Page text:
Society, State, and Infant Welfare: Negotiating Medical Interventions in Colonial Tanzania, 1920 to 1950


African Humanities Program Postdoctoral Fellowships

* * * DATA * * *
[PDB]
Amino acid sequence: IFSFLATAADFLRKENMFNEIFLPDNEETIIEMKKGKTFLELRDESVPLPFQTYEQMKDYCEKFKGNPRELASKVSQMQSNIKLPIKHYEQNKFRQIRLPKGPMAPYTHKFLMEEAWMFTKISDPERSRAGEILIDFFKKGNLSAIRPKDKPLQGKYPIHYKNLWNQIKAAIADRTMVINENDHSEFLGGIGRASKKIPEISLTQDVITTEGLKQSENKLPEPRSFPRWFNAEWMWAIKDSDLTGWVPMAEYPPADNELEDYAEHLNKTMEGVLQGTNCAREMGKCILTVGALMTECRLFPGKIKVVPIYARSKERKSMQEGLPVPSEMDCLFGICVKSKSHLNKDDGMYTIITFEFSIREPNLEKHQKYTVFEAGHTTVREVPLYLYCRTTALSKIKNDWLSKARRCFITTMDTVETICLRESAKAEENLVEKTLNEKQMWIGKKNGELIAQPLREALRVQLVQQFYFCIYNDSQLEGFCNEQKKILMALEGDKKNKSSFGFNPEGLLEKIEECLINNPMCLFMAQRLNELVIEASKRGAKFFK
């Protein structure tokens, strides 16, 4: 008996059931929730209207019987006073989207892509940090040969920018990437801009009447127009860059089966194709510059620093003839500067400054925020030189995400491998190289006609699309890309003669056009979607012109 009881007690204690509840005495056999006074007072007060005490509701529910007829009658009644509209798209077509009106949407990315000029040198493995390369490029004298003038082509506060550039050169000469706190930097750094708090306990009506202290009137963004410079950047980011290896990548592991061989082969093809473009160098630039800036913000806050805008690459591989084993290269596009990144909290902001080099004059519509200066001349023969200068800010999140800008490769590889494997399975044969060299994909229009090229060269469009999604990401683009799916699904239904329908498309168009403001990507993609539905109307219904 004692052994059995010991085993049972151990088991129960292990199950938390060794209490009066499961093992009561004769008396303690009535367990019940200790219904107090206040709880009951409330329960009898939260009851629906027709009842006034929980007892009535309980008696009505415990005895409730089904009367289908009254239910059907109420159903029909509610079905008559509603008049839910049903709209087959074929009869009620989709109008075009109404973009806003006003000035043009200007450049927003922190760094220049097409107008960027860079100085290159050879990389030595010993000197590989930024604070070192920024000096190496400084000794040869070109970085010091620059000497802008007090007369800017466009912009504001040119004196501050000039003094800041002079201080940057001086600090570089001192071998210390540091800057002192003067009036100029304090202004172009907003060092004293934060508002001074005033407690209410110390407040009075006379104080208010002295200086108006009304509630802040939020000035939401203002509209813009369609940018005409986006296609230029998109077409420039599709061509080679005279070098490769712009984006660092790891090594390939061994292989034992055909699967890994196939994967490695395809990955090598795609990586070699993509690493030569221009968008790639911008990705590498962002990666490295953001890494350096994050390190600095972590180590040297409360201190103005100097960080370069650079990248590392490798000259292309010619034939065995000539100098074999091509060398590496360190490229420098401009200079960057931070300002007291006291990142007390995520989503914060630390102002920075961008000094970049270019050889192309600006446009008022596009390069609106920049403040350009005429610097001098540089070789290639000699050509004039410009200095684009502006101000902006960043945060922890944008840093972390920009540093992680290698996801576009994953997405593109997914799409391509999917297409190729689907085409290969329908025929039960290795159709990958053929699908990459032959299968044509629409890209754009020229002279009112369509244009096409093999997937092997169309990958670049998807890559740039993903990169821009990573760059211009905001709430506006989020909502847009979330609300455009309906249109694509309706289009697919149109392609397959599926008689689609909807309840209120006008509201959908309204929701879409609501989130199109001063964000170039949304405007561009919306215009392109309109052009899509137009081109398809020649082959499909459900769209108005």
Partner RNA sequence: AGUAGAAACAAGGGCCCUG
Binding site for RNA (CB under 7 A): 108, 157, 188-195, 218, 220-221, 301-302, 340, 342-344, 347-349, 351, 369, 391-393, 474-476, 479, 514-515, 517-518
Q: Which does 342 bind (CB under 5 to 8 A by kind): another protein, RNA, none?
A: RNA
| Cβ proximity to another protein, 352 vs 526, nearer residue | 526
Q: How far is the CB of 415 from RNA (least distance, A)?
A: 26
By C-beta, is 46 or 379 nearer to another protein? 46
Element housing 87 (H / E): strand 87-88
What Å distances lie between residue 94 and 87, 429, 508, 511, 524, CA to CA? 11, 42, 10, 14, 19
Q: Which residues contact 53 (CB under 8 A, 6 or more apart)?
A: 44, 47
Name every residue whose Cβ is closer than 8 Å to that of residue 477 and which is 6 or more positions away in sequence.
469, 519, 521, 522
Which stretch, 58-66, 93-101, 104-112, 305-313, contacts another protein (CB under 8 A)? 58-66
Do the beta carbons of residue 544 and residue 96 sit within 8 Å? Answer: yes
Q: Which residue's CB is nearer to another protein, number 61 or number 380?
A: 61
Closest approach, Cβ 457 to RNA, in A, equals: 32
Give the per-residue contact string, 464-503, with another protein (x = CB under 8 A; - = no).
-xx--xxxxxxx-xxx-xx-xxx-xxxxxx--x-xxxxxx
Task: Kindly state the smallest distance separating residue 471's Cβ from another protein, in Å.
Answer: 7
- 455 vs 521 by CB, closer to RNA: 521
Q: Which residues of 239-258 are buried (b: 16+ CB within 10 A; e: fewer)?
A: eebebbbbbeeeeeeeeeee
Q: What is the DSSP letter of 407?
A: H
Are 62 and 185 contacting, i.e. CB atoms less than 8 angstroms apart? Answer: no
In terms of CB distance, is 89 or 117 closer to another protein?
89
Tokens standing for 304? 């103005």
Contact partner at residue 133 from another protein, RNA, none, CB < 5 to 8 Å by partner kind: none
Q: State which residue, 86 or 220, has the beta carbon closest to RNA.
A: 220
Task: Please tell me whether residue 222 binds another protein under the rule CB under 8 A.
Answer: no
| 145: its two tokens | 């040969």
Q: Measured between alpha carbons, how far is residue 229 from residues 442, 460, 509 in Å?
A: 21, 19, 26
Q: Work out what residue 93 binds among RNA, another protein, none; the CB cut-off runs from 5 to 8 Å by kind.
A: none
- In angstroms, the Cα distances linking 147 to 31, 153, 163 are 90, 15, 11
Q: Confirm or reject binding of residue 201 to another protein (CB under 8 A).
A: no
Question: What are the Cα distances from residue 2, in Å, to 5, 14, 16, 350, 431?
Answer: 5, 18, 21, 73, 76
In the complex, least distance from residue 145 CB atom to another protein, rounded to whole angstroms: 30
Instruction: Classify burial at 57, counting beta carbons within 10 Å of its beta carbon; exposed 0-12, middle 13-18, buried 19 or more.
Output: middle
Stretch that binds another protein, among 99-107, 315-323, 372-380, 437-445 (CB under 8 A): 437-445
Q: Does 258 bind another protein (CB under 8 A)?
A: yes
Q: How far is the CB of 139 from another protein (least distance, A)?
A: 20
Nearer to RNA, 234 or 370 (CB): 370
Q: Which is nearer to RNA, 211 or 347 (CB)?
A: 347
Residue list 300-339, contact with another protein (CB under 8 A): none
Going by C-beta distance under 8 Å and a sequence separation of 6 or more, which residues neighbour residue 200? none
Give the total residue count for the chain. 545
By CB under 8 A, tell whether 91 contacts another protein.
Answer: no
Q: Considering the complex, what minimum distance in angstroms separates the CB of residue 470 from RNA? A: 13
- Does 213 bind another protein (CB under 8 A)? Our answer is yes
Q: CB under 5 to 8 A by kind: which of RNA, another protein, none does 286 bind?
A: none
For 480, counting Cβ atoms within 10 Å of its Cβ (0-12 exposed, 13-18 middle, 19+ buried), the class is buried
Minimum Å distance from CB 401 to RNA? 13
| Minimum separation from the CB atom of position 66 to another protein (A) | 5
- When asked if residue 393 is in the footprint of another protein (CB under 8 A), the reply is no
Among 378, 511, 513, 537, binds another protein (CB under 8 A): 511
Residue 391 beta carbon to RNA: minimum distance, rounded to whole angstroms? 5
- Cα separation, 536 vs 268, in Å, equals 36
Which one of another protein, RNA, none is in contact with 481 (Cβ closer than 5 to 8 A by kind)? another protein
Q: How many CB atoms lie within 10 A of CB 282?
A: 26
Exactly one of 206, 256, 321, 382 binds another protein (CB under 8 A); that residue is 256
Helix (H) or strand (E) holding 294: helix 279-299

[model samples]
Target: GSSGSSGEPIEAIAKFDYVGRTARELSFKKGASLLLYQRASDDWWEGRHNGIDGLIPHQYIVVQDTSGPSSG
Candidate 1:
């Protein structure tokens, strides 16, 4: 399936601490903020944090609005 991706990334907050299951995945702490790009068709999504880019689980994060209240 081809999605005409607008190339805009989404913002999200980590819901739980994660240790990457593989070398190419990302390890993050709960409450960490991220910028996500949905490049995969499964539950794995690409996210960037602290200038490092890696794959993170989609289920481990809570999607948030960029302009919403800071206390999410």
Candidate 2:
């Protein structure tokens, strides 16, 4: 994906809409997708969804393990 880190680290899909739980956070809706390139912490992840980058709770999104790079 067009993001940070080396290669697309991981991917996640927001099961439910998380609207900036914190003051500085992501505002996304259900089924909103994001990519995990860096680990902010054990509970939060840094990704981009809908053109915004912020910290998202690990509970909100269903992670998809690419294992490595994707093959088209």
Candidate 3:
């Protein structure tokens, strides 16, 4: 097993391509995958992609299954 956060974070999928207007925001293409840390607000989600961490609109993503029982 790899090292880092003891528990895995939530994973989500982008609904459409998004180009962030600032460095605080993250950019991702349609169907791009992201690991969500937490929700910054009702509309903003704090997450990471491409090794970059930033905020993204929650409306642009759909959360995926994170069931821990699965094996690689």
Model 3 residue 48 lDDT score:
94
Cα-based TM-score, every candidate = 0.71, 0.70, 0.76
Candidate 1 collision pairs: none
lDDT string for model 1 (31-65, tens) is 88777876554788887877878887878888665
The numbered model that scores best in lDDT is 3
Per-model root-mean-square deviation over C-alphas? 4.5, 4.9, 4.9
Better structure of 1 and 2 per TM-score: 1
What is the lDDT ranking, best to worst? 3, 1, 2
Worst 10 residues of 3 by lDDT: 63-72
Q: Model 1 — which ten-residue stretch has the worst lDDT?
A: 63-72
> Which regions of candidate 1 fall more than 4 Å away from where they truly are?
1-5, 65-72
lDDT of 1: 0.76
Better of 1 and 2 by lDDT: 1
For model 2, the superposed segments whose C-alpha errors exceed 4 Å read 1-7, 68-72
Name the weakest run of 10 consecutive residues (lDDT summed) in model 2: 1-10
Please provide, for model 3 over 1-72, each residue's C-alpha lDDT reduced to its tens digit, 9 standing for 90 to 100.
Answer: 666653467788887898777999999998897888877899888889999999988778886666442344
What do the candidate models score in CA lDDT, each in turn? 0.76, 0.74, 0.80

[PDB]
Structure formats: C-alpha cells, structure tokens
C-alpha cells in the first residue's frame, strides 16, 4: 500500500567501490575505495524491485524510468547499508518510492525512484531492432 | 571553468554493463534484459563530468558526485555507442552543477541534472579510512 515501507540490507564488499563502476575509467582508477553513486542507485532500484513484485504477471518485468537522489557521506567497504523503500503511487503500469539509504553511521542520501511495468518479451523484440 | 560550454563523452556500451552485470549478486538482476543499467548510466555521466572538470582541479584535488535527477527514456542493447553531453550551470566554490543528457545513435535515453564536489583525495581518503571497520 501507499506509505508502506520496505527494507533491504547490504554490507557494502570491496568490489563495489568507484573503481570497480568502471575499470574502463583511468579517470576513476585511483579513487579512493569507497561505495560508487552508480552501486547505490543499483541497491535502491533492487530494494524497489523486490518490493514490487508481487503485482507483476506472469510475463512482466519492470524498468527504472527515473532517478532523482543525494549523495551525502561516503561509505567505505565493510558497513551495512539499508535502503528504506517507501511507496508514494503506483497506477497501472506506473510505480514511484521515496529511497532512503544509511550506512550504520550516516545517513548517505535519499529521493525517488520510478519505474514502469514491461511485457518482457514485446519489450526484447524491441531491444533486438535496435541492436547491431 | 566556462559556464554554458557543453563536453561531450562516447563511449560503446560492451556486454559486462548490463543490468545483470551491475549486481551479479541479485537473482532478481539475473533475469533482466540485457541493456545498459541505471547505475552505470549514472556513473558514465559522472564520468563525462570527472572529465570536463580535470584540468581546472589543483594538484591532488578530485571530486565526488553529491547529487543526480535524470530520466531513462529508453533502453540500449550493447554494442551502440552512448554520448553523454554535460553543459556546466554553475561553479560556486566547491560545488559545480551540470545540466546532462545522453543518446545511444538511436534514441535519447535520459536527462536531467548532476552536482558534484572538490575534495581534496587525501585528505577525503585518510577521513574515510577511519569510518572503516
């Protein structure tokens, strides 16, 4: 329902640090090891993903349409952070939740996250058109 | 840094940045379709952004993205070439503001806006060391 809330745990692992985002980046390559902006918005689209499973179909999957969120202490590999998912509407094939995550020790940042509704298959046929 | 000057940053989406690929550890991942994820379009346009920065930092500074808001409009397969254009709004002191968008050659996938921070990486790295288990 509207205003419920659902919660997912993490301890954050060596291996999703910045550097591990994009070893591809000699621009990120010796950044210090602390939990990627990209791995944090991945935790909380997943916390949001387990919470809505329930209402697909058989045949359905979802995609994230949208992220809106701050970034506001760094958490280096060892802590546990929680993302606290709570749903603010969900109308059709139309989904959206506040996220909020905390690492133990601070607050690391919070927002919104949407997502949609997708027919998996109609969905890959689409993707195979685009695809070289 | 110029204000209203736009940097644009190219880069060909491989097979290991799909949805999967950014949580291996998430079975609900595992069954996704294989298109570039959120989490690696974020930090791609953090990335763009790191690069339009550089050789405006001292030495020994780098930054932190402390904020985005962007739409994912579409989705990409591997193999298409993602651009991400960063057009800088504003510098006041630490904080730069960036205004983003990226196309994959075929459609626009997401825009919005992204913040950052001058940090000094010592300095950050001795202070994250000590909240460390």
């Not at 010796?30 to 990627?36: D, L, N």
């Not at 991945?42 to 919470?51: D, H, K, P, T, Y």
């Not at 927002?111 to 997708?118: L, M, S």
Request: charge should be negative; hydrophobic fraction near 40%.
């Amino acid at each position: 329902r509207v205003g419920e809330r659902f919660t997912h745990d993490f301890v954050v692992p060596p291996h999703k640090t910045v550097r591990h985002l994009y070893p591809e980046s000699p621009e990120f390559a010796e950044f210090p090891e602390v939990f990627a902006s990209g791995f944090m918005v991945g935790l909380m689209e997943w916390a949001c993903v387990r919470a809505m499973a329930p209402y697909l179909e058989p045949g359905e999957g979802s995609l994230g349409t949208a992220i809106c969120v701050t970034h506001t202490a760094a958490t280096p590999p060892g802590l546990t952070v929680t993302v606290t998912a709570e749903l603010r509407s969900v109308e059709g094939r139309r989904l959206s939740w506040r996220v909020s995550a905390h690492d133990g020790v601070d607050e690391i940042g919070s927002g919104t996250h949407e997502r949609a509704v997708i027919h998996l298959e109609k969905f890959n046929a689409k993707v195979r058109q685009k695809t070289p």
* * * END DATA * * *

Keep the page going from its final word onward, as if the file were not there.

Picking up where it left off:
This project examines the development of infant welfare interventions in colonial Tanzania from 1920 to 1950. The British colonial government first initiated the interventions in the early 1920s to deal with the perceived problem of high infant mortality. It proposed preventive medical programs to alleviate maternal ignorance through mothercraft classes, advice on infant care, and practical demonstrations on infant management in rural African communities. Effective implementation of the programs began in 1928. Peasant men and women, however, frequently interpreted the interventions as lacking the viability to achieve the intended objectives because they did not incorporate curative medicine. Through their local chiefs, these peasants demanded that the colonial government incorporate treatment of infant diseases as an integral component of the welfare programs. In response to this demand, the colonial government integrated preventive and curative medicine in the late 1930s. Using southwest Tanzania as a case study, this project argues that although colonial government officials initiated and implemented the infant welfare policy in the 1920s, the development of infant survival interventions from exclusive preventive educational programs in the 1920s and early 1930s to those that integrated preventive and curative medicines in the late 1930s was a negotiated process between peasant men and women, health officials, political administrators, local chiefs, and dressers. The project draws on a critical reading of oral sources, archival records, and letters that local chiefs wrote to articulate the unfolding negotiations that shaped the development of infant welfare interventions in colonial Tanzania.